The biggest mistake newcomers make in investing is trading instead of investing. Let’s examine the differences between these two approaches and why beginners face the threat of trading.
It’s a common starting point because it looks very attractive. It’s easy to attract with a quick (supposedly) and clear definition of income. Bought cheaper and sold at a higher price, the difference in your pocket. The chart is always moving, the price changes, so there is always a difference. It seems to be easy: you can earn by buying, and you can sell, and it does not matter where the price goes up.
Of course, nobody says that the price is very difficult to predict and it may go the wrong way, and trading on small intervals of time without expensive instruments has more in common with a lottery than with investing.
But year after year, month after month thousands of people, seeing easy money, think that, well, they will succeed. They sit down to calculate, find the right technique or the best approach. Sometimes beginners think: “A man who drives an expensive car, works on the beach with a laptop can not make mistakes, because he has earned money in trading, so I can do it too”. And who said that in trading?
No one at the start understands what they are up against when they enter the path of short-term trading. Yes, yes, when you enter the path of trading, you’re in a struggle.
But about that later, first I will tell you what is fundamental in trading to make money on it:
- Speed. The offer is limited and the sooner you make the trade you want, the better. If you’re late, someone else bought at that price.
- Large capital. They will tell you that you can start trading with small amounts, but they will forget to tell you about commissions for each transaction, eating up your deposit, and nullifying the income from positive trades. No, trading is about big capital. At least it’s tens of thousands of dollars that you don’t feel sorry for because the risk is very high.
- As strange as it may sound, it’s other people’s money. Yes, most traders manage other people’s money and are protected by an army of lawyers from customer lawsuits.
So who are the competitors of the rookie traders on their way to make money in trading? Large funds, large investment companies.
Those who have the resources:
- Speed: There is competition for fractions of a millisecond. Companies try to put their trading terminals as close to the exchange as possible, to make the communication channel as fast as possible so that while a beginner is thinking about which asset to buy, millions of trades per second are made. Yes, you read correctly, that is exactly the number of trades per second we are talking about. No sooner have you clicked to buy an asset, than millions of transactions at a certain price will have reversed and wiped out the difference you wanted to make.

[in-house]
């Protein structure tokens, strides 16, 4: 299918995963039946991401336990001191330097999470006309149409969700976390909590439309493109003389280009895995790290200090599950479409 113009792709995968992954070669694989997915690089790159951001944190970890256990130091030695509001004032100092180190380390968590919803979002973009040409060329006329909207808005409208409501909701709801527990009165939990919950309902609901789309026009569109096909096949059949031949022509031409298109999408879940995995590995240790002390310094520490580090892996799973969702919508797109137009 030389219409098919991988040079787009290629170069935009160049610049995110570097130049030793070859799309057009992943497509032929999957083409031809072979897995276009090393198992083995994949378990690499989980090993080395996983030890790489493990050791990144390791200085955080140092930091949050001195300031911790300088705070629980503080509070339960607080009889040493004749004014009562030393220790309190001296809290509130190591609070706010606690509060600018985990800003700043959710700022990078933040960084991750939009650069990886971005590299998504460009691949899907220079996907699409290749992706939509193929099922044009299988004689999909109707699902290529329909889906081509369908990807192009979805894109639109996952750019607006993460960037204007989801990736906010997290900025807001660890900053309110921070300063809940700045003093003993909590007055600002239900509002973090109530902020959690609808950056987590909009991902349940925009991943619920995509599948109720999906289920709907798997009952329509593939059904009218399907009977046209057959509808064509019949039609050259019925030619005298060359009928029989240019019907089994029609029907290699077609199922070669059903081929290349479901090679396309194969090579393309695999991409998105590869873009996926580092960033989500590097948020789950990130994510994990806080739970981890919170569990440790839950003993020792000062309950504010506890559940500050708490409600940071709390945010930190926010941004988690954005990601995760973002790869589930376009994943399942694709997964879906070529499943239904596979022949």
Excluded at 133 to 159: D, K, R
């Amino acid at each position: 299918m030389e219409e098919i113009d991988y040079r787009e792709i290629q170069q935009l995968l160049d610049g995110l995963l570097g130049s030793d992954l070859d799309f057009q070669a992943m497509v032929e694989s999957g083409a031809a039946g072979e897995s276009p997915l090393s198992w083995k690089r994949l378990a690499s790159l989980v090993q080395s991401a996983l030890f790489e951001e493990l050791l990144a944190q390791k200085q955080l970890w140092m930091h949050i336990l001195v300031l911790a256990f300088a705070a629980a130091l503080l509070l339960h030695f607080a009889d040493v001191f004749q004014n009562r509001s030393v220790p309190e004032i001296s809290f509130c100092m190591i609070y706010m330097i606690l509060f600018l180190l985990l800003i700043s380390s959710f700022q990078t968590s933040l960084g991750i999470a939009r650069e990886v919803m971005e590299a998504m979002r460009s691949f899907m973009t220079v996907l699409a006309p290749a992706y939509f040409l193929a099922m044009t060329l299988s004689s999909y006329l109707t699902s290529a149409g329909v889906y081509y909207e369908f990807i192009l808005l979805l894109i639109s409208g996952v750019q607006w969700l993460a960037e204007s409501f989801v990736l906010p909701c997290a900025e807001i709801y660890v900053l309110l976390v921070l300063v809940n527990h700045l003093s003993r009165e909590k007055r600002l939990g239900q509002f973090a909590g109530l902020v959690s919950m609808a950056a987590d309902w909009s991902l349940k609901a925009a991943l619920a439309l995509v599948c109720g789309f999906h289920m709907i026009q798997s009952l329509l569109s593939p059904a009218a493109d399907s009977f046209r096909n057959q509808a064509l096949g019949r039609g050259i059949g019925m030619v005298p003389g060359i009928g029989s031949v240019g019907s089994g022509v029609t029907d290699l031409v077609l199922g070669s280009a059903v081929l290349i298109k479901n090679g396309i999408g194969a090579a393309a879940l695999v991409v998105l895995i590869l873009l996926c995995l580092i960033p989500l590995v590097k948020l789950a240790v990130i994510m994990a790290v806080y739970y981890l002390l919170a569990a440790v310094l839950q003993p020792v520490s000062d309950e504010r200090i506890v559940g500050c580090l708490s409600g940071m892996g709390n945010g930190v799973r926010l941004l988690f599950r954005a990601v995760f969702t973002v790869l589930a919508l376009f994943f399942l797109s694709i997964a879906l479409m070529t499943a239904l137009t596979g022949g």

- Capitals: Large funds turn around a couple of three billion dollars a day, they can safely add more if they want to. As you understand, they can easily influence the price of assets without much effort. Guessing where the price will go in the short term is like guessing which set of numbers will win the lottery next time. Those, who manage the price and have big stocks, are the lucky ones.
- Managing other people’s money, which means a minimum of nerves. Not compared to a beginner, especially someone who is trying to make money on trading by investing their last money. As I’ve said many times before, the vast majority of traders are professionals and manage other people’s money.
And a few more arguments not in favor of trading:
- The vast majority of people who come into trading are engaged in it no more than a year. The maximum is three years. After that begins burnout because of nervous overstrain, absence of money management (absence of competent management of own deposit for trading), and resources in the form of constant money influx from other sources to finance this expensive hobby – trading.
- In the long term, trading loses a lot to usual medium-term and long-term investments. This has been proven more than once. I will give you an example below.
Warren Buffet, the world’s largest investor, entered into an argument with traders – that conventional investment over the long term will always be more profitable than trading. And, for 10 years, from 2007 to 2017, Buffett quietly invested in the S&P500 index, while hedge funds with their resources and professional traders worked as usual – engaged in trading.
For all of 10 years, the traders tried their best, but in the end, they lost. A portfolio of 5 hedge funds for 10 years gave a gain of 22% (not annual but for all 10 years), and Buffett’s investment in the S&P500 gave about 85%. It turned out to be more profitable to invest, without stress, in an ordinary index available to absolutely all private investors, than to invest gigantic sums of money, waste nerves, and end up losing.